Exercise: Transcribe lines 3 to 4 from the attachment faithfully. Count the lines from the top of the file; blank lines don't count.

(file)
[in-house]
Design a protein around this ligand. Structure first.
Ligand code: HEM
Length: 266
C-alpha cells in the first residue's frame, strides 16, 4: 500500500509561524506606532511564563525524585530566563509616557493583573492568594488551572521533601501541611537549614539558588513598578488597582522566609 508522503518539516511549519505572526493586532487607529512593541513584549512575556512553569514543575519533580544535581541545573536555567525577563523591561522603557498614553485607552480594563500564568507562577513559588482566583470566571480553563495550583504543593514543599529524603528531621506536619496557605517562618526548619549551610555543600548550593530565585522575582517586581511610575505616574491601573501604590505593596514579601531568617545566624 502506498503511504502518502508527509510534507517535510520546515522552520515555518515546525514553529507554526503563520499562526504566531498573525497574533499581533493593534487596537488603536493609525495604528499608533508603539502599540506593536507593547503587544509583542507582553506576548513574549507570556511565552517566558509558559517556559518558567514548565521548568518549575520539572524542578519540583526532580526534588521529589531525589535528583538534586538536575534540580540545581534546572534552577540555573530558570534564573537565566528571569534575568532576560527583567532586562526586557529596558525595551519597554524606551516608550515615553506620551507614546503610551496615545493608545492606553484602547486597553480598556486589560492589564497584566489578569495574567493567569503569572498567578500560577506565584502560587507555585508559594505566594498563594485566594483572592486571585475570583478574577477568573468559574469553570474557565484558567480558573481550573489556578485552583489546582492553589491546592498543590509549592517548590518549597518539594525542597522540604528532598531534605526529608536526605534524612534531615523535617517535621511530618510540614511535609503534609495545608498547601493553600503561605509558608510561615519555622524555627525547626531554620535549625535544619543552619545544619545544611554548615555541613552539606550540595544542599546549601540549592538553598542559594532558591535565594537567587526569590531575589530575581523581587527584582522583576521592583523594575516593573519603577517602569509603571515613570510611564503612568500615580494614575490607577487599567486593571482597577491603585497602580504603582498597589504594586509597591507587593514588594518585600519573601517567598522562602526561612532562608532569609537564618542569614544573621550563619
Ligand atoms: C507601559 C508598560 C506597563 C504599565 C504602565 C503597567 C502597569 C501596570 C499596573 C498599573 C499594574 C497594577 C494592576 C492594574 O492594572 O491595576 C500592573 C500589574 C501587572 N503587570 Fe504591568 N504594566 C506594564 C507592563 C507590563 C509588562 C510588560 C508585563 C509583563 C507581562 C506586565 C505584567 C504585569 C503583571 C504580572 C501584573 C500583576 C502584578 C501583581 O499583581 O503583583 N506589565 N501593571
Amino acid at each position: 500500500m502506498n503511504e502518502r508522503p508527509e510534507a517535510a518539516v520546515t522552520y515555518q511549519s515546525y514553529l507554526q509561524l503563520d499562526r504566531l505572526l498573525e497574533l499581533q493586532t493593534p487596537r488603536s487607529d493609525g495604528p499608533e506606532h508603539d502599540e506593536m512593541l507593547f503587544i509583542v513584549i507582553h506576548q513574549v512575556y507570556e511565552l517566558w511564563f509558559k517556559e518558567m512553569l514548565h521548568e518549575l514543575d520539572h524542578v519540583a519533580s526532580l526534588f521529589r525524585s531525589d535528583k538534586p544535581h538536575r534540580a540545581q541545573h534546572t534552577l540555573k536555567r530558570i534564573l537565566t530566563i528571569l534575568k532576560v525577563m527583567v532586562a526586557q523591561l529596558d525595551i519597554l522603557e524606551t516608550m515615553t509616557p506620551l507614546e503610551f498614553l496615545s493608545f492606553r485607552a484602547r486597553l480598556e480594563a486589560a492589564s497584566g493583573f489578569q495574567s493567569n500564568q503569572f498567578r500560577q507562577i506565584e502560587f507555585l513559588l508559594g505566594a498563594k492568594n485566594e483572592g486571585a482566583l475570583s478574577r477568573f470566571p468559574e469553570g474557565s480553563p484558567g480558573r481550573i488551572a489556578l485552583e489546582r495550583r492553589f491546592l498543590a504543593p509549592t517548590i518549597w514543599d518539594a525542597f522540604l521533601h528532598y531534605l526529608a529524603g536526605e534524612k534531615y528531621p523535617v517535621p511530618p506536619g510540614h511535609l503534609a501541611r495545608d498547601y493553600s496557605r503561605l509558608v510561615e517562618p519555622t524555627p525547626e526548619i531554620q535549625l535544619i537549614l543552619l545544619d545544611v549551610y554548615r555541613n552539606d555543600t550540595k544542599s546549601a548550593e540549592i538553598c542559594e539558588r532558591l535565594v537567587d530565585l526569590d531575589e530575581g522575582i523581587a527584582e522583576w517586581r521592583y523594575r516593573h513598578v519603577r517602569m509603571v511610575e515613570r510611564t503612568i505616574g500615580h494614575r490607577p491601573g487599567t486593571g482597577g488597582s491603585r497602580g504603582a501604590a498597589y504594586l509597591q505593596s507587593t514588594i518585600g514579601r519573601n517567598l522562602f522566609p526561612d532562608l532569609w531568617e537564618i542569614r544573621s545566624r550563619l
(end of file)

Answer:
Ligand code: HEM
Length: 266